object with a 2 year arc. The best fit is a diameter of 900 m
and an albedo of 0.15, but the Monte Carlo says the mean over
all likelihood weighted distributions of poorly determined
parameters is 750+/-130 m diameter.
Comet 2015 G1, picked up by WISE on April 5, turns out to be
Comet P/2008 S1 (Catalina-McNaught). Perihelion distance is 1.19 AU,
and the period is between 6.74 and 6.76 years.
2015 FU332, a big, optically bright Mars, Earth and Venus crosser
with a MOID of 0.2703 AU. The eccentricity and inclination are high.
WISE discovered this at ecliptic latitude 67 degrees.
2015 FE120, a PHA with a MOID of 0.0116 AU.
2015 FY117, a Mars crosser with a MOID of 0.1494 AU.
2015 DX198, a Mars crosser with a perihelion at 1.024 AU and
a MOID of 0.074 AU.
2015 BS514: Pan-STARRS picked this one up before WISE scanned
over it. It is a Mars crosser with a perihelion at 1.3283 AU.
2015 BV512, a Mars and Jupiter crosser with a perihelion
at 1.3337 AU.
2015 AK280, a high eccentricity (e = 0.7) PHA with a MOID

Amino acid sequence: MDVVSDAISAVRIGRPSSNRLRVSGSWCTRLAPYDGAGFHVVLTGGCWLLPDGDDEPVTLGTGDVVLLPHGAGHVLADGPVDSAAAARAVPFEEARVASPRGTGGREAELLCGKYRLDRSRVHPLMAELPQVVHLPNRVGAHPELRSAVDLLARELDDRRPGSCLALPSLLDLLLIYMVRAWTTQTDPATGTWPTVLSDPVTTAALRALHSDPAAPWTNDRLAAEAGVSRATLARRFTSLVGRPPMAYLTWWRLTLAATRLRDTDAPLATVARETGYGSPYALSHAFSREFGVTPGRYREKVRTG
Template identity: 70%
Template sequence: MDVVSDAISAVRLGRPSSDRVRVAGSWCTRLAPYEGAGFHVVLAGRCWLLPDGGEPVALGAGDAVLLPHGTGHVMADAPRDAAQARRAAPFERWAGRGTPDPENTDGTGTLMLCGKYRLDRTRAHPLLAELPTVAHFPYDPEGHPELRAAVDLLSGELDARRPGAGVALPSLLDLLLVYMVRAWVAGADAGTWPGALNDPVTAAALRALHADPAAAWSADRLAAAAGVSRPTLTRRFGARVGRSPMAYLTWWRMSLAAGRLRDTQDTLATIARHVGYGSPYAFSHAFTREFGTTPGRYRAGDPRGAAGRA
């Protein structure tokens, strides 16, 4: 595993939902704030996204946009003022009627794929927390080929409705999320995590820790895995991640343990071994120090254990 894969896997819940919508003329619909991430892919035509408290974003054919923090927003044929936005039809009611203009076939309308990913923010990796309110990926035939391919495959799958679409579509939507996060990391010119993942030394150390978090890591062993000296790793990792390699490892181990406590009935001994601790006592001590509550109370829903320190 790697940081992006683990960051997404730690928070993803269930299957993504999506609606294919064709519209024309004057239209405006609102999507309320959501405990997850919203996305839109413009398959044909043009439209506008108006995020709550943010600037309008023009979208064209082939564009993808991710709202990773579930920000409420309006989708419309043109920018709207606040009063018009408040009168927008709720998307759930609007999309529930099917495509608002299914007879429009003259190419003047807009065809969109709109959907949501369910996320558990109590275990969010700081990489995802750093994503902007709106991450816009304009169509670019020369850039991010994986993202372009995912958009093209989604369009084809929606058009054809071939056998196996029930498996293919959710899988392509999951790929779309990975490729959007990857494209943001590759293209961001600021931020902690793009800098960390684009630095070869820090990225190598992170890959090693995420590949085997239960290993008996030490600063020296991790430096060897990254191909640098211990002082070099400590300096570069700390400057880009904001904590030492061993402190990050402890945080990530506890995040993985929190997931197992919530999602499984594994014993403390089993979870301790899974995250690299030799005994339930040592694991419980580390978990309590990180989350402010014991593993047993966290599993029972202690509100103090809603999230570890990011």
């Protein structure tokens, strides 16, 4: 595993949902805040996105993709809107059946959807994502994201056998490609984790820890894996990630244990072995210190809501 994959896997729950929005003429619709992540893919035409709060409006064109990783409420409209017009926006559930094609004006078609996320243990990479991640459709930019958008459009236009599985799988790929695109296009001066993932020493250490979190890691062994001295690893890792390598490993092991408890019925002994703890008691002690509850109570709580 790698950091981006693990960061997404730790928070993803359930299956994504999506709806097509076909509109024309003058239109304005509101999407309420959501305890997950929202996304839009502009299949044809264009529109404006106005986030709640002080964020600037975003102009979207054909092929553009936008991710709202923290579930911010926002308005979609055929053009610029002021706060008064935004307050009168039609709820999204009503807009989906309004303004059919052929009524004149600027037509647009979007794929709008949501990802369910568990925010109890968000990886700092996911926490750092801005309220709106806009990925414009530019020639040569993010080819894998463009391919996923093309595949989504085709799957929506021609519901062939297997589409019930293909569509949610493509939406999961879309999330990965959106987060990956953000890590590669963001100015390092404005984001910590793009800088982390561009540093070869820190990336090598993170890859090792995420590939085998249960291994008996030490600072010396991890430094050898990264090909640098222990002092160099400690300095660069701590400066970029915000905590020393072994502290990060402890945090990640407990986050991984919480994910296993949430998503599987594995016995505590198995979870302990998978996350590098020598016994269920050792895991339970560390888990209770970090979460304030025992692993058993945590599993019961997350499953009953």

of 0.0494 AU.
2002 GP186, recovered not discovered by WISE, 13 years after the
observations. It is an Earth crosser with a MOID of 0.0809 AU.
The position based on the 2002 observations was off by 25 degrees.
2015 AY245, a PHA with MOID = 0.0190. Perihelion is at 1.003 AU.
2015 AC17, Mars crosser with MOID = 0.2409.
2014 YR43, a high eccentricity Earth and Mars crosser with MOID=0.31 AU.
The eccentricity is 0.62.
- 2014 YS14, an Earth crossing NEO with a perihelion distance
of 0.837 AU, and an eccentricity of 0.657. No MPEC was issued although
one was warranted.
Update 16-Jan-2015: Dave Tholen reobserved this object giving a 23 day
arc, and gets orbital elements with argument of perihelion = 13.89320,
semi-major axis = 2.4636696, longitude of ascending node = 124.56343,
eccentricity = 0.6603313, inclination = 18.28931, and mean anomaly =
345.01793 at JD=2457000.5.
2014 YJ14, a large NEO with high eccentricity, e = 0.82. The
perihelion is at 0.4 AU. The MOID is 0.1096 AU.
2014 XX31, a large bright NEO with a high eccentricity of 0.87.
Its perihelion is inside Mercury's orbit, while its aphelion is
outside Jupiter's orbit. The MOID is 0.4726 AU.
This is the 51st WISE-related MPEC in the year since
NEOWISE-R restarted the survey.
2014 XX7, a Mars crosser with MOID = 0.1645 AU.
2014 XQ7, a Mars, Earth and Venus crosser with a MOID of 0.3113.
The eccentricity of e = 0.75 is quite high.
2014 VP35, with perihelion at 0.9552 and a MOID of 0.0262,